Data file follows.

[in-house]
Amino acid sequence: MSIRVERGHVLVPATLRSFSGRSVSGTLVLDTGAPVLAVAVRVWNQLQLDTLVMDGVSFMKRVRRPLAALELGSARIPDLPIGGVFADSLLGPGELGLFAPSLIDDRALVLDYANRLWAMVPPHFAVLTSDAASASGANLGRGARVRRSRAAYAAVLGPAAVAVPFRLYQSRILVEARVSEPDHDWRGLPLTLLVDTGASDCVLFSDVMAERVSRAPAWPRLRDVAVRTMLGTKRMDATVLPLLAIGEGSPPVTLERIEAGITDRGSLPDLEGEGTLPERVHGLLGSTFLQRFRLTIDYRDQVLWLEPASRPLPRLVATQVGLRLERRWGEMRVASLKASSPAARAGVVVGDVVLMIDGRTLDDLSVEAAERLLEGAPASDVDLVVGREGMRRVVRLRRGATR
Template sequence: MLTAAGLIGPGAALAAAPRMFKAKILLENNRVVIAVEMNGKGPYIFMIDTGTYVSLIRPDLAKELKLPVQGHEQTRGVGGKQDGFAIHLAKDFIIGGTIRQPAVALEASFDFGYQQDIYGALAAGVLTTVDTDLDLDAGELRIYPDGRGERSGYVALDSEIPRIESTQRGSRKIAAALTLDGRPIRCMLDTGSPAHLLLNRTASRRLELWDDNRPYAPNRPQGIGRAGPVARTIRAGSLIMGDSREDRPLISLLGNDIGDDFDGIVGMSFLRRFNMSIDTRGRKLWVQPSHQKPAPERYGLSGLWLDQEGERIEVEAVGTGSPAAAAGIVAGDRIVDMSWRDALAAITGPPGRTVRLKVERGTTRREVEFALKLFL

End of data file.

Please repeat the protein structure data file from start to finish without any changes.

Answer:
[in-house]
Amino acid sequence: MSIRVERGHVLVPATLRSFSGRSVSGTLVLDTGAPVLAVAVRVWNQLQLDTLVMDGVSFMKRVRRPLAALELGSARIPDLPIGGVFADSLLGPGELGLFAPSLIDDRALVLDYANRLWAMVPPHFAVLTSDAASASGANLGRGARVRRSRAAYAAVLGPAAVAVPFRLYQSRILVEARVSEPDHDWRGLPLTLLVDTGASDCVLFSDVMAERVSRAPAWPRLRDVAVRTMLGTKRMDATVLPLLAIGEGSPPVTLERIEAGITDRGSLPDLEGEGTLPERVHGLLGSTFLQRFRLTIDYRDQVLWLEPASRPLPRLVATQVGLRLERRWGEMRVASLKASSPAARAGVVVGDVVLMIDGRTLDDLSVEAAERLLEGAPASDVDLVVGREGMRRVVRLRRGATR
Template sequence: MLTAAGLIGPGAALAAAPRMFKAKILLENNRVVIAVEMNGKGPYIFMIDTGTYVSLIRPDLAKELKLPVQGHEQTRGVGGKQDGFAIHLAKDFIIGGTIRQPAVALEASFDFGYQQDIYGALAAGVLTTVDTDLDLDAGELRIYPDGRGERSGYVALDSEIPRIESTQRGSRKIAAALTLDGRPIRCMLDTGSPAHLLLNRTASRRLELWDDNRPYAPNRPQGIGRAGPVARTIRAGSLIMGDSREDRPLISLLGNDIGDDFDGIVGMSFLRRFNMSIDTRGRKLWVQPSHQKPAPERYGLSGLWLDQEGERIEVEAVGTGSPAAAAGIVAGDRIVDMSWRDALAAITGPPGRTVRLKVERGTTRREVEFALKLFL